Although New Jersey is the first state to mandate these protections, the idea is not unique. In October 2017, the Chicago City Council passed a “panic-button” ordinance. In August 2018, California introduced its own “panic button” bill, but it stalled at the Senate’s Appropriations Committee. In California, though, Sacramento and Long Beach enacted similar ordinances.

Second Circuit: ADA Allows Hostile Work Environment Claims

The Second Circuit recently held that the Americans with Disabilities Act (“ADA”) encompasses claims for hostile work environment harassment (“HWE”). Fox v. Costco Wholesale Corporation. While this plaintiff-friendly ruling may be disappointing to employers, the decision also contains some helpful analysis for defense of those claims.

In Fox, Plaintiff brought ADA claims alleging discrimination, failure to accommodate, and hostile work environment. Dismissing the discrimination claim, the Court held, among other things, that the four verbal reprimands received by Plaintiff did not rise to the level of adverse employment actions because none “resulted in disciplinary action or a reduction in salary, benefits or other responsibilities.” As to the failure to accommodate claim, the Court refused to impute knowledge of the need for an accommodation to the employer because Plaintiff never asked for an accommodation. Moreover, there was no proof that the employer should have offered an accommodation due to its unquestionable need. (It should be noted that state or local laws may be more employee-protective and could support a failure to accommodate claim merely because the employer was on notice of the medical condition).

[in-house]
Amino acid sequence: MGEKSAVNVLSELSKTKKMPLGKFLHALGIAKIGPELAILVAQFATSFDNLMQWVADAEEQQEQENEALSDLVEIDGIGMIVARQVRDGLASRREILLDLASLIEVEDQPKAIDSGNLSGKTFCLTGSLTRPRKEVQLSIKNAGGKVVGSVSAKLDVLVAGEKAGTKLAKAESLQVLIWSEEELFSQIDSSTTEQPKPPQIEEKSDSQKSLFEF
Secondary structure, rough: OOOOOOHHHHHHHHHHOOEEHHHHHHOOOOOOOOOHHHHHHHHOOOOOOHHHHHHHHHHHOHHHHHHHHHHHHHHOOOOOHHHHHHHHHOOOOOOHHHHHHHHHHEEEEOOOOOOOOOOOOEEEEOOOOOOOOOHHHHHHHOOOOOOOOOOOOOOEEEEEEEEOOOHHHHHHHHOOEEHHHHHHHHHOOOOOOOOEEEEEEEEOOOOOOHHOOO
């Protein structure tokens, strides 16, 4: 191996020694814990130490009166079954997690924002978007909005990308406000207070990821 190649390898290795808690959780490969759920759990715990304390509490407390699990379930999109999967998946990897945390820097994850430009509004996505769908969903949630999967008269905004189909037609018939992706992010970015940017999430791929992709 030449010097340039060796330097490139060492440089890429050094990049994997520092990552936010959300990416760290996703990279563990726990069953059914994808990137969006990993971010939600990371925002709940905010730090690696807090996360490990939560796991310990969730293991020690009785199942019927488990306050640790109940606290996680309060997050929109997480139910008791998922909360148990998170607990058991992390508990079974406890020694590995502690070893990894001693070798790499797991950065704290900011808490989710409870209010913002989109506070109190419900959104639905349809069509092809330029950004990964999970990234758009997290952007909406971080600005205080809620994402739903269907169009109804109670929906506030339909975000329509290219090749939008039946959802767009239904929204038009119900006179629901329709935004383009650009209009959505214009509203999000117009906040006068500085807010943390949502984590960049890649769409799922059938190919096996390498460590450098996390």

With respect to HWE, the Court joined four other Circuit Courts in ruling that HWE claims can be asserted under the ADA, but noted that “[l]egitimate reprimands by an employer are not abuse.” Moreover, the Court noted that “teasing in the workplace is not uncommon, and in most instances probably not actionable.” Thus, the mere fact that Plaintiff was teased about his condition was not necessarily actionable harassment. But, since it might be, a trial was ordered as to the HWE claim.

Employers in the Second Circuit must be aware of the possibility of HWE claims under the ADA. As such, employers should update supervisor training to account for ADA hostile work environment claims.

U.S. Supreme Court: Employee May Proceed with Title VII Claim Despite Not Fulfilling EEOC Filing Obligation

The general rule is that a federal discrimination claim should be dismissed unless a timely charge was filed with the Equal Employment Opportunity Commission (EEOC). Whether that statutory requirement was jurisdictional (and could not be waived) or procedural (and must be presented to the Court in a timely manner or the defense is waived) was subject to judicial disagreement. Until today’s Supreme Court’s ruling in Fort Bend Cty. v. Davis, eight federal appellate courts ruled that the failure to exhaust administrative remedies was a procedural matter that would not necessarily bar a discrimination claim under Title VII. Three other appellate courts, however, had ruled that pre-suit claim exhaustion was a jurisdictional prerequisite to a court filing.

In Davis, plaintiff handwrote “religion” on the EEOC Charge intake questionnaire, but did not include that claim on the formal charge document. In 2012, Davis commenced a civil action in federal court alleging discrimination based on religion and retaliation for reporting sexual harassment. The District Court partially granted Fort Bend’s motion for summary judgment based on Davis’s failure to amend her charge to contain a claim for discrimination based on religion. The Court of Appeals for the Fifth Circuit reversed.